“Softly Call the Muster”

The Spirit of Aggieland

By Will Johnson

Messenger Reporter

GRAPELAND – There are a lot of things which make Texas A&M University special and unique. One of these is the university’s embrace of tradition.

The iconic Aggie ring is celebrating its 132nd year in existence in 2021. At an A&M football game, the entire student body stands for the entire game in readiness to take to the field of play if called upon. Silver Taps, Fish Camp, saying “howdy”, the Corps of Cadets – the list of traditions is long and distinguished.

Perhaps the most revered tradition in Texas A&M lore is the Ceremony of Muster. It is celebrated world-wide on April 21 of each year and commemorates all current and former A&M students who have passed away during the previous year. It also marks a celebration for 50-year class reunions. The Class of 1971 will celebrate its golden milestone this year.

Muster is celebrated in more than 300 locations worldwide, with the largest ceremony taking place on the Texas A&M campus in College Station.

This year, the Houston County A&M Club will hold its Muster Ceremony on Wednesday, April 21 at Frontier Camp, beginning at 6:30 pm.  

As far as the history of Muster, the early gatherings included field games and banquets for Aggies to reflect and celebrate their memories of Aggieland. It was not until 1922, however, that April 21 became the official day of events for all Aggies; thus, the annual tradition of Muster was born.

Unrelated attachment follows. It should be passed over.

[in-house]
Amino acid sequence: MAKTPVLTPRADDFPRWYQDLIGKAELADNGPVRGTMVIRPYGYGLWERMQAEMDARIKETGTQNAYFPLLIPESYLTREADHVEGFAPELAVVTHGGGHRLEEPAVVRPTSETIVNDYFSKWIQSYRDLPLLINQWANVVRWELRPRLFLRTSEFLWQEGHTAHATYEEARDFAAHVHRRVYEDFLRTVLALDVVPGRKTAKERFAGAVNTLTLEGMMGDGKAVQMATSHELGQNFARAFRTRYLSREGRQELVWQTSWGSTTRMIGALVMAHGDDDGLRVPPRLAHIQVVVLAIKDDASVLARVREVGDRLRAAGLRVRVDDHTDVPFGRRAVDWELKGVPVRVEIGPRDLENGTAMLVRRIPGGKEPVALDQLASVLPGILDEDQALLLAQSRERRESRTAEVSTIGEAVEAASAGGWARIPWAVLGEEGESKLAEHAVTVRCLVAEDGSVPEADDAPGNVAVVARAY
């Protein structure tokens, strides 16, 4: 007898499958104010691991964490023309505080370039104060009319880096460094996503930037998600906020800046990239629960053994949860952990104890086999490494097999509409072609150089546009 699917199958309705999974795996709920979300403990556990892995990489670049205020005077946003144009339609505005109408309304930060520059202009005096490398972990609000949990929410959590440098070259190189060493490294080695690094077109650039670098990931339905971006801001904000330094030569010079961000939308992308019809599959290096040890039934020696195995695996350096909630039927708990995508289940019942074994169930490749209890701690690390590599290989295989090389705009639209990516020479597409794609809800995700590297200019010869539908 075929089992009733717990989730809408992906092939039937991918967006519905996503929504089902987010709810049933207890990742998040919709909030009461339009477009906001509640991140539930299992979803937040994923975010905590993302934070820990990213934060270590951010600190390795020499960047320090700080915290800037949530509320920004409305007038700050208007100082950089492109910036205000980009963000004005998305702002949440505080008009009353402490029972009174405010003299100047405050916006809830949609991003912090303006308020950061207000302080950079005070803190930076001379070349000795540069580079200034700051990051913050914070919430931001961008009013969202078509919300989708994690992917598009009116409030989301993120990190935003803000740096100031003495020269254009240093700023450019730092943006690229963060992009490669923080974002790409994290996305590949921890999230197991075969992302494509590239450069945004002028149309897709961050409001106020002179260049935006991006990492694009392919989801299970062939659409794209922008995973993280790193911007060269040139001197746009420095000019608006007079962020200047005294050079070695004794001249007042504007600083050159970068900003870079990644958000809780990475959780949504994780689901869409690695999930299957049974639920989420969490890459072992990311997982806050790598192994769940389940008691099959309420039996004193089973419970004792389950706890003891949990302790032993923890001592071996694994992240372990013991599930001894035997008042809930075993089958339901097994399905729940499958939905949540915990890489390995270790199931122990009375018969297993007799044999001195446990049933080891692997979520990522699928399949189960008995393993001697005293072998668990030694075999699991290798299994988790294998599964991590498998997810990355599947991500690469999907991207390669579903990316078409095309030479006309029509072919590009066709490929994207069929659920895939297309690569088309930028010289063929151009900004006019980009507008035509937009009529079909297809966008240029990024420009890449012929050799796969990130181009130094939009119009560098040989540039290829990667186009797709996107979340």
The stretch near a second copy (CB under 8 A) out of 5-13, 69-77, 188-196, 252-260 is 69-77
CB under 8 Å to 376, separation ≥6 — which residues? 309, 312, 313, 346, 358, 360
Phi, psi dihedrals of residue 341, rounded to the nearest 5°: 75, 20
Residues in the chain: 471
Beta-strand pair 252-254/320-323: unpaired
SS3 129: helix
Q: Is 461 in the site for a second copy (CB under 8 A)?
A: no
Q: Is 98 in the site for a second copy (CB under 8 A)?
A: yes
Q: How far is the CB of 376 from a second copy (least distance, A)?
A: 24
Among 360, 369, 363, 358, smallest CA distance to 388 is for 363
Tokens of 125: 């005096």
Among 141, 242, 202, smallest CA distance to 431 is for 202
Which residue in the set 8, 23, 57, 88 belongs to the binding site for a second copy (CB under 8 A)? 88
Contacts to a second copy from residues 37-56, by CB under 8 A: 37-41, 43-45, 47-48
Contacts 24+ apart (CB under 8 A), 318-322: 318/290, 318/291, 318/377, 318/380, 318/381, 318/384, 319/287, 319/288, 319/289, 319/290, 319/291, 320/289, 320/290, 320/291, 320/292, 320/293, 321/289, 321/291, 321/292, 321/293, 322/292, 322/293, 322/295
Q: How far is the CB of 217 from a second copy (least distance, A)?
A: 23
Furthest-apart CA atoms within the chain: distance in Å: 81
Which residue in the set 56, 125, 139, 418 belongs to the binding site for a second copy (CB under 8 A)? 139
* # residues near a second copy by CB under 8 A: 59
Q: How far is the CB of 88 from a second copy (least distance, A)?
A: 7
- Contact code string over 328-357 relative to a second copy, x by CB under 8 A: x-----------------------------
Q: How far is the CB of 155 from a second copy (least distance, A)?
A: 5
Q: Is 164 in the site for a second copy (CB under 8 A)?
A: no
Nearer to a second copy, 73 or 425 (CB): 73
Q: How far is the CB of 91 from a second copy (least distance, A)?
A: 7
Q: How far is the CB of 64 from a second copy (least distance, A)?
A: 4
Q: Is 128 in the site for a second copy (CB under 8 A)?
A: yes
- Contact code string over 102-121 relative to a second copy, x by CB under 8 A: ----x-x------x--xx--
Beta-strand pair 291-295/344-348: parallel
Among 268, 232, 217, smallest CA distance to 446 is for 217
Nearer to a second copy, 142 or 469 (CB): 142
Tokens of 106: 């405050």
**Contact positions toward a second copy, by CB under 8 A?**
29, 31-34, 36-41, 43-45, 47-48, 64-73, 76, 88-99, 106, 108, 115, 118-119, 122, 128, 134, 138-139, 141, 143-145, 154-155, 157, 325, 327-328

So, why April 21?

According to the Texas A&M Association of Former Students, “From the late 1870s through the 1890s, cadets celebrated San Jacinto Day (April 21) on campus, and it became a campus holiday. In the 1900s and 1910s, former students began using San Jacinto Day as a day to gather together off campus. This included gatherings during World War I by former students stationed in Europe. In 1922, The Association, A&M Clubs and A&M president William Bizzell all encouraged former student gatherings on April 21.”

The March 1923 Texas Aggie Magazine urged, “If there is an A&M man in one hundred miles of you, you are expected to get together, eat a little, and live over the days you spent at the A&M College of Texas.”

Muster is the lasting impression every Aggie leaves with us; it reminds us of the greatness that lies within these walls, of the loyalty we possess, of the connection that binds us, and of the idea that every Aggie has a place of importance – whether they are present in flesh or spirit – Author Unknown.

Will Johnson, Texas A&M Class of 1986, may be reached via e-mail at [email protected].

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